Benita Dodd's blog

Outlaw policing for profit in Ga.

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Back in 1966, Bobby Fuller sang about, “Robbin’ people with a six-gun, I fought the law and the law won.” And rightfully so: Robbery is a crime. But what happens when it’s the law doing the robbing and the law wins?

Civil asset forfeiture is supposed to be a process in which law enforcement agencies seize property and cash they have reason to believe were involved in a crime. A spate of stories from around the nation, however, reveals that too often, it’s a matter of “policing for profit:” seizing property and money of innocent people because agencies benefit directly from the proceeds. Read More»

Lift the offshore drilling moratorium

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President Obama’s recent move to allow seismic exploration of oil and gas reserves offshore Georgia and the Atlantic Coast has left many hopeful that the offshore drilling moratorium currently in place may soon be lifted. A new study by University of Wyoming energy economist Dr. Tim Considine indicates the degree to which such a move would benefit Georgians and our Mid-Atlantic counterparts. Read More»

EPA power grab unscientific and uncalled for

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[Benita Dodd testified on July 29 at the Atlanta Field Hearing of the Environmental Protection Agency regarding the Clean Power Plan. This is her official testimony, a written copy of which was submitted to the EPA.] Read More»

State needs power to fix traffic problems

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What’s a state to do when the federal surface transportation program heads toward its Sept. 1 expiration date with little promise of a new transportation bill and the Federal Highway Trust Fund s expenditures outpace tax receipts about $1.25 billion a month?

The good news is nobody expects Congress to allow the program to lapse. Washington will slap on some Band-Aid legislation taking states into 2015 (hint: November elections) but the wounds of partisanship will continue to fester. Read More»

Get Georgia moving again on transportation

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[Editor’s note: A version of this commentary was published in The Atlanta Journal-Constitution April 27, 2014.]

Georgia’s economy is picking up, and with it the daily traffic congestion as growing numbers of commuters travel to jobs. Inertia followed the failure of the 2012 transportation sales tax (TSPLOST) in nine of 12 regions, but it’s time to move forward on transportation. Read More»

Don’t let the law get away with Georgians’ property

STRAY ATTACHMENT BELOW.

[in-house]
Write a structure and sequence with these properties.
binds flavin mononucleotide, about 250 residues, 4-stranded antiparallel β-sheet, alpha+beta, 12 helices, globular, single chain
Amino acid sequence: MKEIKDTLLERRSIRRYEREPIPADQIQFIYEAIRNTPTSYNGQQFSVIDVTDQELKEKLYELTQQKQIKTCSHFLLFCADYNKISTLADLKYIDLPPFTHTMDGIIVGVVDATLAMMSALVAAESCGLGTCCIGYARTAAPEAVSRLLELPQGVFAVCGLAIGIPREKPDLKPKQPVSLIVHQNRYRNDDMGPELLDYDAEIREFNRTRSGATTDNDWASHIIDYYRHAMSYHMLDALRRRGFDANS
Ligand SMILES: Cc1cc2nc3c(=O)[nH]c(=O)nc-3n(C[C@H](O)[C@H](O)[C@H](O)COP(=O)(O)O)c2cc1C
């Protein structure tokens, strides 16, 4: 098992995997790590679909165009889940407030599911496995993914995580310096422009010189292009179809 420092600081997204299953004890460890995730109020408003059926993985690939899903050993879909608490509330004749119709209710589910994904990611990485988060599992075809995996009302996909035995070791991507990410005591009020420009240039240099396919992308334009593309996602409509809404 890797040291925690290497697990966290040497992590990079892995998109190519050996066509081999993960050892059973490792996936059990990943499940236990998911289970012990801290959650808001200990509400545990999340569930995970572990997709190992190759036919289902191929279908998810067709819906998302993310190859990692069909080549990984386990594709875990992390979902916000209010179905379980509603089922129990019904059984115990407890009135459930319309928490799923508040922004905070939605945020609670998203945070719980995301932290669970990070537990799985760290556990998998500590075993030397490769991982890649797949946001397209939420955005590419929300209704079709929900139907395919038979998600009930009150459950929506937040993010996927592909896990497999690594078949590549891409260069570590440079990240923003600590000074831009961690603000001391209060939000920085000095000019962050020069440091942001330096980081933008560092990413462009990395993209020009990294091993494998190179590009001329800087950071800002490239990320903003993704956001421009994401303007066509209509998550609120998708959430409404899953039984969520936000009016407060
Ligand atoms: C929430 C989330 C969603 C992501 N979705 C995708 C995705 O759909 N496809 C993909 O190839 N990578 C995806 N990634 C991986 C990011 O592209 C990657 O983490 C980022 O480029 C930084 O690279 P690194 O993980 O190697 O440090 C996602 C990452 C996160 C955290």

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There’s no doubt that Georgia’s law enforcement officials dislike strings that restrict civil asset forfeiture, which is the power of law enforcement to seize and keep property suspected of being involved in criminal activity. They’ve told legislators that time and again. Read More»

School choice: It’s about more than scores

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The Friedman Foundation for Educational Choice recently released an eye-opening analysis of why and how parents choose private schools. The analysis by the national nonprofit organization is worth the read for Georgians especially. It is Georgia-based, undertaken by Georgia Public Policy Foundation senior fellows Jim Kelly and Dr. Benjamin Scafidi, and uses the results of a survey of Georgia parents of K–12 private school scholarship recipients. Read More»

Earth Day: For many, there’s little to celebrate

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“Climate change has many faces,” notes the website for Earth Day 2013, which took place Monday, April 22. “A man in the Maldives worried about relocating his family as sea levels rise, a farmer in Kansas struggling to make ends meet as prolonged drought ravages the crops ... the polar bear in the melting arctic, the tiger in India’s threatened mangrove forests. ...”

It’s a lengthy list. Unfortunately, it’s incomplete.

It’s time to add a few more faces to the pitiful environment painted by Earth Day organizers.

• An entrepreneur and small business shouldering the regulatory burden. Read More»

Choice, charters and children: The real issues

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With less than 40 days to the Nov. 6 elections, passions, tempers and misinformation are on the rise regarding a school choice question on the ballot in Georgia.

Georgia voters will decide whether the state should be able to consider and authorize the creation of a public charter school, at the applicant’s request, if a local public school system rejects the charter application. Read More»

5 ways to move on transportation

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Given the wall-to-wall coverage of the upcoming regional transportation sales tax referendum, Georgians could hardly be blamed for believing that all transportation improvement in the state, and especially metro Atlanta, hinges on voter approval of the 10-year, penny sales tax on July 31.

In fact, there are ways to improve transportation policy and funding that can and should be implemented, whether the tax passes or not. Read More»

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